Scripture of the Day

Sunday, June 20, 2010

Part Three of "PCD," Demonstration

The third and final piece of “PCD” is demonstrating your morals, values, ethics, and integrity. Merely talking about these is not sufficient. To be a great leader, we must live out loud. We need to be transparent and practice the age-old adage of, “Actions speak louder than words.”

Who show the work of the law written in their hearts, their conscience also bearing witness, and between themselves their thoughts accusing or else excusing them
Romans 2.15 NKJV

We may be able to hide things for a period of time, but as my awesome wife says, “What is in the dark, will always come to the light!”

Here are a few areas, which can demonstrate our effectiveness as leaders:
1. Never compromise your integrity
2. Treat everyone with respect whether they are present or not
3. Resist the temptation for short-cutting the process
4. Focus on what you do, instead of what happens
5. Understand the basic thought progression
a. Thoughts turn in to feelings
b. Feelings turn in to actions
c. Actions turn in to habits

The quickest way to lose credibility is to allow our actions to be inconsistent with our words. When we have these incongruities we can be labeled as a hypocrite. Needless to say, this will not help us establish effective leadership.

When we are properly prepared, establish excellent communication, and demonstrate our morals, values, ethics, and integrity; we can rise above the pack. And be an effective leader.

How do you demonstrate your leadership? Do you watch how others demonstrate theirs?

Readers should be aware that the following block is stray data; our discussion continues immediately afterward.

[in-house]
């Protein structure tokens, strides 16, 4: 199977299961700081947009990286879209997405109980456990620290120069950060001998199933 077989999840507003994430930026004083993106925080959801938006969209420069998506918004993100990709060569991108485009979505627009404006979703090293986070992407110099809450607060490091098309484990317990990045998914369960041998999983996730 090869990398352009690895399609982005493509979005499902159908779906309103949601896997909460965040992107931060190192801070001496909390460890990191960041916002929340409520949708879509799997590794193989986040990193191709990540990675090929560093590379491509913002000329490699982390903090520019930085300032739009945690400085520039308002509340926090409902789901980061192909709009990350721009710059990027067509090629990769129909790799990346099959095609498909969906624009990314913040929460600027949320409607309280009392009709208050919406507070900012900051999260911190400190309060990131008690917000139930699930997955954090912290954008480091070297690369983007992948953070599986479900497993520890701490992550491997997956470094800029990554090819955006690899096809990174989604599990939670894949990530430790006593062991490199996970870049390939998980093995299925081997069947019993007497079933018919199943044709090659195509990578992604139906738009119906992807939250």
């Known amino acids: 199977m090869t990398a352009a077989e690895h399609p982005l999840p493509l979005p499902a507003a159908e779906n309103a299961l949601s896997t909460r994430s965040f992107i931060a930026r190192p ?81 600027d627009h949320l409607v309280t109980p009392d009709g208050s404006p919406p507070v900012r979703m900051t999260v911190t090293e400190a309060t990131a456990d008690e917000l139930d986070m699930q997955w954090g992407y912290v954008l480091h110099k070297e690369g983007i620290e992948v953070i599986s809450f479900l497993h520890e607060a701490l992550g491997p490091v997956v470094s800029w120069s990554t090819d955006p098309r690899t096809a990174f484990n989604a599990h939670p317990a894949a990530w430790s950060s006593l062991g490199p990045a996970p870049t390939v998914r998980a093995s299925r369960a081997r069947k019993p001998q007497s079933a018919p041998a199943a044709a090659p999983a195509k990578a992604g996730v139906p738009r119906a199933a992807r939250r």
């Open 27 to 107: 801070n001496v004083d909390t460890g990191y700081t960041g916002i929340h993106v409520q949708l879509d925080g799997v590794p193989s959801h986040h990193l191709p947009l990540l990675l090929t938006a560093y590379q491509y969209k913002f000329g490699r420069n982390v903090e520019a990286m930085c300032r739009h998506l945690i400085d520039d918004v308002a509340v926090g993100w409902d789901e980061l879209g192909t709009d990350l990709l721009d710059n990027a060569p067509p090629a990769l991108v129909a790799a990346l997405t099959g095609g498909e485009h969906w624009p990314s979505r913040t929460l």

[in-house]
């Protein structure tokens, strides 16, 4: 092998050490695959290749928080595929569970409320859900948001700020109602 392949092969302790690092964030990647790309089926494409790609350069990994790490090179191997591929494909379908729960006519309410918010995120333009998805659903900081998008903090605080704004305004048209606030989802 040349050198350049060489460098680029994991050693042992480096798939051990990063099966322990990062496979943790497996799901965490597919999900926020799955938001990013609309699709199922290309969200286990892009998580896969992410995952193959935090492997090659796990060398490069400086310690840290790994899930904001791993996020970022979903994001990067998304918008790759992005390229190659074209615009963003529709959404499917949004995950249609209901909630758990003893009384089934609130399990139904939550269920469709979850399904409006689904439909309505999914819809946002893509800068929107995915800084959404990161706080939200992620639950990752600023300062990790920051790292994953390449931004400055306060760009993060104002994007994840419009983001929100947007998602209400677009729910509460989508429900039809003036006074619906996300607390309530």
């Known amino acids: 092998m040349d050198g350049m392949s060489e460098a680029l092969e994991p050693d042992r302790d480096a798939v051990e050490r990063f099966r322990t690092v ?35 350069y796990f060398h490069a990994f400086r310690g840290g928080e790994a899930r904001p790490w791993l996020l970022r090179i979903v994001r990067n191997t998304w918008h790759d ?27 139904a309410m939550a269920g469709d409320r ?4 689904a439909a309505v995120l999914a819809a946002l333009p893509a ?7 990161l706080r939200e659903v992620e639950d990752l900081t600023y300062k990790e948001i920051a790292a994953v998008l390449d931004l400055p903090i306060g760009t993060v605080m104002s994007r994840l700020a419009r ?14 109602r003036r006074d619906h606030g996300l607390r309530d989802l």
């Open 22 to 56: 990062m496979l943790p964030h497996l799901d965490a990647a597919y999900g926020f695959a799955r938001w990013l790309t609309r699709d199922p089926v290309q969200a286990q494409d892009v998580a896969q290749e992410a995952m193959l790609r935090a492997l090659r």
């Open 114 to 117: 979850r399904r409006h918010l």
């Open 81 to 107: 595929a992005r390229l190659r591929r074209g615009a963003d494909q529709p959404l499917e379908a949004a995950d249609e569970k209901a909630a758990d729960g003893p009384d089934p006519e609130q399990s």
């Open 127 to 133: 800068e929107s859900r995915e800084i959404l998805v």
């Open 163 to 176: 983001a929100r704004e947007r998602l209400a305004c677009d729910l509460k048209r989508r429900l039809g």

Sunday, June 13, 2010


The second piece of “PCD” is communication. This subject is vital to success and arguably the area most leaders need help with.

I believe you cannot over communicate! You can beat a dead horse by not letting go, but there can never be enough good communication.

Excellent leaders are master communicators. They understand how to relate to others thereby getting their points across effectively. The three main forms of communicating are: verbal, written, and non-verbal. As leaders we must use of each these effectively.

Active listening is another area we must master. There is a large difference between listening and hearing. Understanding this can make the difference between being successful or failing as a VALID leader.

How can you tell if you are actively listening? Consider these points:
1. Are you able to repeat back what someone told you?
2. Are you formulating your response while someone is talking?
3. Are you interrupting the other person?
4. Are you looking right at the person who is speaking?
5. Are you taking notes to make sure you capture the most important items?

Effective two-way communication comes in the form of dialogue. Not monologue. In order to establish dialogue one has to send a message and one has to receive the message. They maintain dialogue by alternating between sender and receiver. Dialogue needs at least two parties equally engaged or it becomes monologue.

It can be easy to use our power and authority to ruin the dialogue and revert back into a monologue. We must guard against this. It will hamper our efforts of being effective with people, which is the main goal in communication.